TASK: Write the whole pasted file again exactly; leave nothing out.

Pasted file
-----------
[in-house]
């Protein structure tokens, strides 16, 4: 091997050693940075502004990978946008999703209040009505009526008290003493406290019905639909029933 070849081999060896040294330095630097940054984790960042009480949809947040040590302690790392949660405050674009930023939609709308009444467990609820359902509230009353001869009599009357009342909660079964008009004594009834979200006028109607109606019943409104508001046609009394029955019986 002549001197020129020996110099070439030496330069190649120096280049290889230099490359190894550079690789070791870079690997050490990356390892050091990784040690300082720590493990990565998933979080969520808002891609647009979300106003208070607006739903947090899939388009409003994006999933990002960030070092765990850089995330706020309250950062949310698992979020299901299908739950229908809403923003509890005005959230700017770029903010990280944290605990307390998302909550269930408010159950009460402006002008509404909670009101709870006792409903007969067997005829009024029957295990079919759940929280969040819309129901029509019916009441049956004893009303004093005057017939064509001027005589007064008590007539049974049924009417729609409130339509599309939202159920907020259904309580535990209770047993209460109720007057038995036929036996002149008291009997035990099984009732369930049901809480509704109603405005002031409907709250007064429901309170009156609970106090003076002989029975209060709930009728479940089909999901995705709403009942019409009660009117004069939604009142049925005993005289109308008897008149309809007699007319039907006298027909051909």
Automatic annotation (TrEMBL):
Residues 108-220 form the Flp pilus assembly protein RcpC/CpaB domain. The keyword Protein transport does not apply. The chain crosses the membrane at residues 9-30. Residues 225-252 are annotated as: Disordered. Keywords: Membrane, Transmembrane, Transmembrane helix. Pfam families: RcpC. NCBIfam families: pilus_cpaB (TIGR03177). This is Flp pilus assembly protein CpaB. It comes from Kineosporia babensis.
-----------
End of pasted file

[in-house]
């Protein structure tokens, strides 16, 4: 091997050693940075502004990978946008999703209040009505009526008290003493406290019905639909029933 070849081999060896040294330095630097940054984790960042009480949809947040040590302690790392949660405050674009930023939609709308009444467990609820359902509230009353001869009599009357009342909660079964008009004594009834979200006028109607109606019943409104508001046609009394029955019986 002549001197020129020996110099070439030496330069190649120096280049290889230099490359190894550079690789070791870079690997050490990356390892050091990784040690300082720590493990990565998933979080969520808002891609647009979300106003208070607006739903947090899939388009409003994006999933990002960030070092765990850089995330706020309250950062949310698992979020299901299908739950229908809403923003509890005005959230700017770029903010990280944290605990307390998302909550269930408010159950009460402006002008509404909670009101709870006792409903007969067997005829009024029957295990079919759940929280969040819309129901029509019916009441049956004893009303004093005057017939064509001027005589007064008590007539049974049924009417729609409130339509599309939202159920907020259904309580535990209770047993209460109720007057038995036929036996002149008291009997035990099984009732369930049901809480509704109603405005002031409907709250007064429901309170009156609970106090003076002989029975209060709930009728479940089909999901995705709403009942019409009660009117004069939604009142049925005993005289109308008897008149309809007699007319039907006298027909051909």
Automatic annotation (TrEMBL):
Residues 108-220 form the Flp pilus assembly protein RcpC/CpaB domain. The keyword Protein transport does not apply. The chain crosses the membrane at residues 9-30. Residues 225-252 are annotated as: Disordered. Keywords: Membrane, Transmembrane, Transmembrane helix. Pfam families: RcpC. NCBIfam families: pilus_cpaB (TIGR03177). This is Flp pilus assembly protein CpaB. It comes from Kineosporia babensis.